When it comes to the postseason, there’s an old adage. Good pitching stops good hitting. The 2013 Boston Red Sox are putting that axiom to the test.
One would have to search far and wide to find a threesome that compares to the Detroit Tigers top three starters. ERA champion Anibal Sanchez, 21-game winner Max Scherzer, and superstar Justin Verlander have been practically unhittable in the first three games of the ALCS, yet the Red Sox have built a two games to one lead.
Detroit’s starters have allowed a total of six hits and two runs in 21 innings pitched. All three have carried no-hitters deep into the game, yet the Red Sox have still managed to come out on top in two of the three contests. Even though the Boston offense hasn’t been firing on all cylinders, the Sox have battled and shown enough plate discipline to force Jim Leyland to go to his bullpen earlier than he would have liked.
Yes, the Sox struck out seventeen times and only managed one hit in Saturday’s Game 1 loss, but Sanchez was out of the game after six innings due to a high pitch count. It isn’t often that you see a pitcher who hasn’t allowed a hit taken out that early. But Sanchez had walked six and thrown a total of 116 pitches. That is, in part, a testament to the patience of the Boston hitters.
That’s the beauty of the Red Sox offense. They make pitchers work hard. Max Scherzer left Game 2 with a 5-1 lead after seven innings and 108 pitches. Leyland then proceeded to play bullpen Russian roulette and eventually got burned. An eighth inning grand slam by David Ortiz tied the game and the Sox went on to win with another run in the ninth off Rick Porcello.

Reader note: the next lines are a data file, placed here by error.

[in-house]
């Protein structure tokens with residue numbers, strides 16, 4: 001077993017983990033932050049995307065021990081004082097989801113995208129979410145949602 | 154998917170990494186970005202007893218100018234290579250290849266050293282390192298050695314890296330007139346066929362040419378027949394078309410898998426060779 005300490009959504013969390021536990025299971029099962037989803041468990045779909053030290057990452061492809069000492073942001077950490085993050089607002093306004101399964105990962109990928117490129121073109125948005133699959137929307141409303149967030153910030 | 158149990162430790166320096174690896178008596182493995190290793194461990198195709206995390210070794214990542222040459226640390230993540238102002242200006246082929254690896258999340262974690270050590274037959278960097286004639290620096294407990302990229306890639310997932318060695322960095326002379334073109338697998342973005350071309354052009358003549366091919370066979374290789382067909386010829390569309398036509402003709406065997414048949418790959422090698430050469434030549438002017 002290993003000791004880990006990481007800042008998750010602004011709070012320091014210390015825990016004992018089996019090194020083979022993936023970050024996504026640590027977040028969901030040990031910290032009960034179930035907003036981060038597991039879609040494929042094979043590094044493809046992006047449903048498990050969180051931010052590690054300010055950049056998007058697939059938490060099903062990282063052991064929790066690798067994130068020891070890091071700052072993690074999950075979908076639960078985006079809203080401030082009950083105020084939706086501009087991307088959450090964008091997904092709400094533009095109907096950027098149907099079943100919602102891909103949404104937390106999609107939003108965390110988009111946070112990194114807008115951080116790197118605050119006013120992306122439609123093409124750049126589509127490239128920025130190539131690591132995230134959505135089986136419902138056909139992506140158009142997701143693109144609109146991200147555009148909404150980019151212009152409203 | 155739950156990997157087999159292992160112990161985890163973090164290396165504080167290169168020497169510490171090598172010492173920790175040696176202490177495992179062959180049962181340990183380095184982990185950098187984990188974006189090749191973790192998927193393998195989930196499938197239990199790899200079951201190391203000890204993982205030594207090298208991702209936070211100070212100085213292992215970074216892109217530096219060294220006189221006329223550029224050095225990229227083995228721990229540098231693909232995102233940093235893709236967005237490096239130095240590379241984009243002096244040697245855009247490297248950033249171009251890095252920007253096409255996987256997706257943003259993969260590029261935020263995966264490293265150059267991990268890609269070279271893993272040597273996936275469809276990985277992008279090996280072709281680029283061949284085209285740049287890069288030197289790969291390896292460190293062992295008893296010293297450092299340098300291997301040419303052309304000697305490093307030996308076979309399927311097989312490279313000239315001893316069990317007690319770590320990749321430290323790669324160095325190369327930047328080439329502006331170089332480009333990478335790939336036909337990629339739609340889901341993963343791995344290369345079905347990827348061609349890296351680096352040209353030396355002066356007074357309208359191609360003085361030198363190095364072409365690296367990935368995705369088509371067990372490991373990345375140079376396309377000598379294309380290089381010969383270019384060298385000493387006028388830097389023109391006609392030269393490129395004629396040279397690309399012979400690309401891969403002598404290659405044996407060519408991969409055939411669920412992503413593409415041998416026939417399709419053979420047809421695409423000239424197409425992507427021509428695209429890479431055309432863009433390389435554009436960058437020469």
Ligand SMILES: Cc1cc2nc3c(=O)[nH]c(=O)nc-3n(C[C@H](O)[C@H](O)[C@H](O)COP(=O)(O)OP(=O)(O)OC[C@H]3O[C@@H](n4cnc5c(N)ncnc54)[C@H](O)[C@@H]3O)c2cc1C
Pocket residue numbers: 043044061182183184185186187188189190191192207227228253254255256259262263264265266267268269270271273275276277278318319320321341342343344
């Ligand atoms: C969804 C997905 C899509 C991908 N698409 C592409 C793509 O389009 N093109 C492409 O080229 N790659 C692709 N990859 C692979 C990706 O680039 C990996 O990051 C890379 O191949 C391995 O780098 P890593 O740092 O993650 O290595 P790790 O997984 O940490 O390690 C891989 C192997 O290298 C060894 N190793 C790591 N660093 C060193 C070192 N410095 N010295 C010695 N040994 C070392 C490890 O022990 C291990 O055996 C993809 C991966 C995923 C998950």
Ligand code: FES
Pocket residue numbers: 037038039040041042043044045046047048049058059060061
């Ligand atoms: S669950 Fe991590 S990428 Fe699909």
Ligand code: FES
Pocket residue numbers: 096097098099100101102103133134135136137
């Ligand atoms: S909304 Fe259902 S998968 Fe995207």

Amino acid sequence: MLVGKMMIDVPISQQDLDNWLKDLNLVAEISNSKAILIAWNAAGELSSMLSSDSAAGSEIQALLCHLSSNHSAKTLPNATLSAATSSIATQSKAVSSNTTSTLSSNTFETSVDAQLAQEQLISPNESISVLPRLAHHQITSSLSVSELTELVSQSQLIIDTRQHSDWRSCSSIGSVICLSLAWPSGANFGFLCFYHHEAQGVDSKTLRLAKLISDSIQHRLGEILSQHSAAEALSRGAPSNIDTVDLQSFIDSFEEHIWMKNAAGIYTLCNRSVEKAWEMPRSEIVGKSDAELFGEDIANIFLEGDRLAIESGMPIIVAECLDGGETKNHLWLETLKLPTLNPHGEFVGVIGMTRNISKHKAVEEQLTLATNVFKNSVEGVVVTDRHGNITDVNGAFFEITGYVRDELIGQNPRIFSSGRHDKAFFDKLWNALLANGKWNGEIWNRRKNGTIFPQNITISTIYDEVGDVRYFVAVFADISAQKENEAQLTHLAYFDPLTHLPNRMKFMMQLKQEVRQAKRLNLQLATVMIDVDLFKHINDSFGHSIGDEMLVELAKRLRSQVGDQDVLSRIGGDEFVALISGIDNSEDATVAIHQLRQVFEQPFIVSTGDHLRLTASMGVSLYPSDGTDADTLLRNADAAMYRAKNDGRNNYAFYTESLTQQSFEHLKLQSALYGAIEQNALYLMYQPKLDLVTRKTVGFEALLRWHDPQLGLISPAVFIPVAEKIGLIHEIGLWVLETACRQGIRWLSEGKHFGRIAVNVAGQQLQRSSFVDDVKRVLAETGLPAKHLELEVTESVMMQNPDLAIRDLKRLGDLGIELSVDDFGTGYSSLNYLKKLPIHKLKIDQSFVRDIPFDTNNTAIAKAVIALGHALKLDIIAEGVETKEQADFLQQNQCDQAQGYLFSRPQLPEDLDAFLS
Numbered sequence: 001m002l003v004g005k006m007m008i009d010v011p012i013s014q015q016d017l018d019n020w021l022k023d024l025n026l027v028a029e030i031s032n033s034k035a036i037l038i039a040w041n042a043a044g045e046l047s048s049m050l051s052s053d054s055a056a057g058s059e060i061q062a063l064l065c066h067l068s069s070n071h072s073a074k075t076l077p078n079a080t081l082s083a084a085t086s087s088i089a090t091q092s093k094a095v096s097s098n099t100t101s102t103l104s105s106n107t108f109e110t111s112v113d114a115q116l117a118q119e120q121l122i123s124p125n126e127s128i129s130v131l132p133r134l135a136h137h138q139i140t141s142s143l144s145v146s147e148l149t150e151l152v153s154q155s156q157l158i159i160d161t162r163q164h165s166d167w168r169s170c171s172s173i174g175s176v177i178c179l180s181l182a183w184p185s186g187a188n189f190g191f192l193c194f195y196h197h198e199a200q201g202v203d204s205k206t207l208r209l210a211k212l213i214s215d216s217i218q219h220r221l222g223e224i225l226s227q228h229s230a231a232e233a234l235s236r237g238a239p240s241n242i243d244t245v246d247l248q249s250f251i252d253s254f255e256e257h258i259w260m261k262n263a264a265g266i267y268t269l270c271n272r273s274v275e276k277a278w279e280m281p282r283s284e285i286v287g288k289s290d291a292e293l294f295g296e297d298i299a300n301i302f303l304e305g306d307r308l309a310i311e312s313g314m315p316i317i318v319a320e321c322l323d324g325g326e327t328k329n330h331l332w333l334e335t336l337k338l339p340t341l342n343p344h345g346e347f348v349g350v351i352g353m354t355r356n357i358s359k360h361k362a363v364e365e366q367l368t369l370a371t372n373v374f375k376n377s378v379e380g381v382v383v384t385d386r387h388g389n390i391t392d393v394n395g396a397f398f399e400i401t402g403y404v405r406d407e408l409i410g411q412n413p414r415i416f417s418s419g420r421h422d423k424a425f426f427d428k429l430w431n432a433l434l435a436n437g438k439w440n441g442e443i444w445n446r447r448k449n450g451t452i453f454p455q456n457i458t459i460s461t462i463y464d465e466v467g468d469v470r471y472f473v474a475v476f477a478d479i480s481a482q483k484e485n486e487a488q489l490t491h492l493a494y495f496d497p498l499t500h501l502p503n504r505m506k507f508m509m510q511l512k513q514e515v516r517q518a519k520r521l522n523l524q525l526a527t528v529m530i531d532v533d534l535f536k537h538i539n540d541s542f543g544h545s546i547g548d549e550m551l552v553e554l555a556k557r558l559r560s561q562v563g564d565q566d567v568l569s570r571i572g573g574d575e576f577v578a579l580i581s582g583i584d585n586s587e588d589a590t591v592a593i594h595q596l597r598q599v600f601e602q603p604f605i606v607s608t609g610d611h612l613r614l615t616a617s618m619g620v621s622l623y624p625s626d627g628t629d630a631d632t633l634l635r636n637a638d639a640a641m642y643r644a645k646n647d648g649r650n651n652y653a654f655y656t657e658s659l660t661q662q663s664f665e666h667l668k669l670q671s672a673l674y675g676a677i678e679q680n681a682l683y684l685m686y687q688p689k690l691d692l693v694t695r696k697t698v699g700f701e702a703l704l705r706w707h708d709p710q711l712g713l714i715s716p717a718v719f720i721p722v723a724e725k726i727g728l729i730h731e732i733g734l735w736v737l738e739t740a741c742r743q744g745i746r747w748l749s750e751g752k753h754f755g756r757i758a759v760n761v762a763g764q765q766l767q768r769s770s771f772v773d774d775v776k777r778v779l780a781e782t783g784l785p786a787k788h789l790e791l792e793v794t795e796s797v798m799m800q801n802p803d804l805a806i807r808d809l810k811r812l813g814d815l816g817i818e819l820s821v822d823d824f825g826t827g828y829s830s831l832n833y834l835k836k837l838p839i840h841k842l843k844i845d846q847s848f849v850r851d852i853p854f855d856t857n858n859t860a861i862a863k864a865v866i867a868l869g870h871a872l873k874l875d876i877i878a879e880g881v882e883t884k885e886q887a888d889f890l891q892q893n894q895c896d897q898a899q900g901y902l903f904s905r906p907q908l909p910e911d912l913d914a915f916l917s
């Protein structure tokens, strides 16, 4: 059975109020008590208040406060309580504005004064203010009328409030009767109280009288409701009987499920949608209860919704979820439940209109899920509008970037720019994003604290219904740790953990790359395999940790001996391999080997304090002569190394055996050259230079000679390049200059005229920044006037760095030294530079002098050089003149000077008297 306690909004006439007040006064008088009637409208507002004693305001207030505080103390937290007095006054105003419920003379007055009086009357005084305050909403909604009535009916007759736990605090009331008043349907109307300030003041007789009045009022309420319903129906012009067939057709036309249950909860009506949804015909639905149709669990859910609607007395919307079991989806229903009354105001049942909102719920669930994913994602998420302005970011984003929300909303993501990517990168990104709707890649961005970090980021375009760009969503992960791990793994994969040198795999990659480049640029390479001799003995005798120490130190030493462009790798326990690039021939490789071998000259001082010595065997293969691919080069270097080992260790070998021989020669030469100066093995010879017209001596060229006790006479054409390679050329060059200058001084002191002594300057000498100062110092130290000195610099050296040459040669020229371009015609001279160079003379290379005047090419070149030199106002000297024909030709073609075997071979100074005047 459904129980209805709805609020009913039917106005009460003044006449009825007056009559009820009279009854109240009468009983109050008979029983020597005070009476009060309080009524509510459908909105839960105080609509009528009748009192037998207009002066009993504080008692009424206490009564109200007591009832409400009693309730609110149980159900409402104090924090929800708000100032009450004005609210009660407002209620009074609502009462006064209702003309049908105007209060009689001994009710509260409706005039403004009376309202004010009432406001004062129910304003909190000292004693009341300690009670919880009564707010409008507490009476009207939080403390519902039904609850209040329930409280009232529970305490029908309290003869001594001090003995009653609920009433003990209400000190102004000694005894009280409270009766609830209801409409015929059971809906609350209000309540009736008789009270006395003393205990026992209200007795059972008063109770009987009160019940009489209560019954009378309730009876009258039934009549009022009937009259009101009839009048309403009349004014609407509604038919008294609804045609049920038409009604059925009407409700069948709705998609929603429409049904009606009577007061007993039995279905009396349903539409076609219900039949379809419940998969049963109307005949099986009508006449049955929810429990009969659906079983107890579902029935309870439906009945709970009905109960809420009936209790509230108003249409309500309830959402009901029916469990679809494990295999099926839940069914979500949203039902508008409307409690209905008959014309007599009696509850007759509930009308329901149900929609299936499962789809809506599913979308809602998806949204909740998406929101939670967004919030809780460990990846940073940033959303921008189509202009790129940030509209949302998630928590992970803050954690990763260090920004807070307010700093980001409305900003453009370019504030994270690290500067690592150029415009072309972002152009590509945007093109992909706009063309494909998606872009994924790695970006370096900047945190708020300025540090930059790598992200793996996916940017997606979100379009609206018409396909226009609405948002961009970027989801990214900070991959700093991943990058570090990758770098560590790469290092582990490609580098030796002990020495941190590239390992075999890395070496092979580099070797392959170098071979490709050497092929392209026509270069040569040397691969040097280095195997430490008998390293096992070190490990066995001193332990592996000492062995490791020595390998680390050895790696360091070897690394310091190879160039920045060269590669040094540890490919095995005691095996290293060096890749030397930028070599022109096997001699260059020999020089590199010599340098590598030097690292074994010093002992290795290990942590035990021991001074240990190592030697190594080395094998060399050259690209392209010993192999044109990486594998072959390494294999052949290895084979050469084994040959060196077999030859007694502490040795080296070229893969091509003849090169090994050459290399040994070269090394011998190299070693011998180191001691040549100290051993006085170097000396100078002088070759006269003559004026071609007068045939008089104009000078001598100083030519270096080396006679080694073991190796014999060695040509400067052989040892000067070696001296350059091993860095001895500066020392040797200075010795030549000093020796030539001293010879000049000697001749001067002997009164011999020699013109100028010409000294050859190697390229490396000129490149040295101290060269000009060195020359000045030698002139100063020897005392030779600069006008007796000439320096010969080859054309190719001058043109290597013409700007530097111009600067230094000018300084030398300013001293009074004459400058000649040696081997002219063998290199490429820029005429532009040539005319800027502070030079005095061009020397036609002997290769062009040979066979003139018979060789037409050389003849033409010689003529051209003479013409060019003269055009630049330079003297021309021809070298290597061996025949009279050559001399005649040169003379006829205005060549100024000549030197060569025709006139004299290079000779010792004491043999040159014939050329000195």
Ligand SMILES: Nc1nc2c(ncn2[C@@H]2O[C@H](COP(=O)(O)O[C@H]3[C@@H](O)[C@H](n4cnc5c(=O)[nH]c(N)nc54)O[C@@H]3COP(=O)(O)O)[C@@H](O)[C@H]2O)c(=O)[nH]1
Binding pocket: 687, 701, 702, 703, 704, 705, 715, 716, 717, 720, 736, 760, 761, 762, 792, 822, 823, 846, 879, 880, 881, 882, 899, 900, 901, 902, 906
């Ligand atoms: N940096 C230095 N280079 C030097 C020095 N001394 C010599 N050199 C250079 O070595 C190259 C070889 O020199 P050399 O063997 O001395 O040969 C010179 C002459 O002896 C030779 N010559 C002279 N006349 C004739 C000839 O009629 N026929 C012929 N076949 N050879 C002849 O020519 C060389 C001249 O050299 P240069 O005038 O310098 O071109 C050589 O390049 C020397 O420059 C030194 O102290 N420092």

Leyland’s decision to bring in his closer (instead of lefty Phil Coke) to face Big Papi with the bases loaded brought out all of the second guessers. Leyland later explained that Coke hadn’t pitched in a long time and bringing him into that situation wasn’t an option. If that’s the case, then why is Coke on the playoff roster? Is Leyland saving him for a mop-up opportunity? The answer: No.
Coke was brought in to face Ortiz in the ninth inning of Game 3. He got Big Papi to ground out but it was too late. The Sox would prevail by a score of 1-0 thanks to a seventh inning homer by Mike Napoli. Once again Detroit’s starting pitching was excellent. Verlander struck out the side in the second and third innings and took a no-hitter into the fifth. Justin struck out ten Red Sox in the game but was pulled after eight innings, having thrown 120 pitches.
Before the series started I was convinced that the Sox offense would be too much for Detroit to overcome. Entering the eighth inning of Game 2 — I was starting to seriously doubt that line of thinking. And then, the series quickly turned around. Boston came through in the clutch, like they have done all season long.
Somewhat lost in the shuffle has been the performance of the Red Sox pitchers. Jon Lester and John Lackey basically matched the efforts of their Detroit counterparts and the bullpen has also been solid.
The Tigers also have an excellent lineup. Their middle of the order is as good as any in the game, but the Sox are stronger from top to bottom. Opposing pitchers just don’t get a chance to catch their breath. The winners of the NLCS (I’m pretty sure it will be the Cardinals) will have to hope that having the pitchers bat in the N.L. ballpark will slow down the Sox enough to make the World Series competitive.
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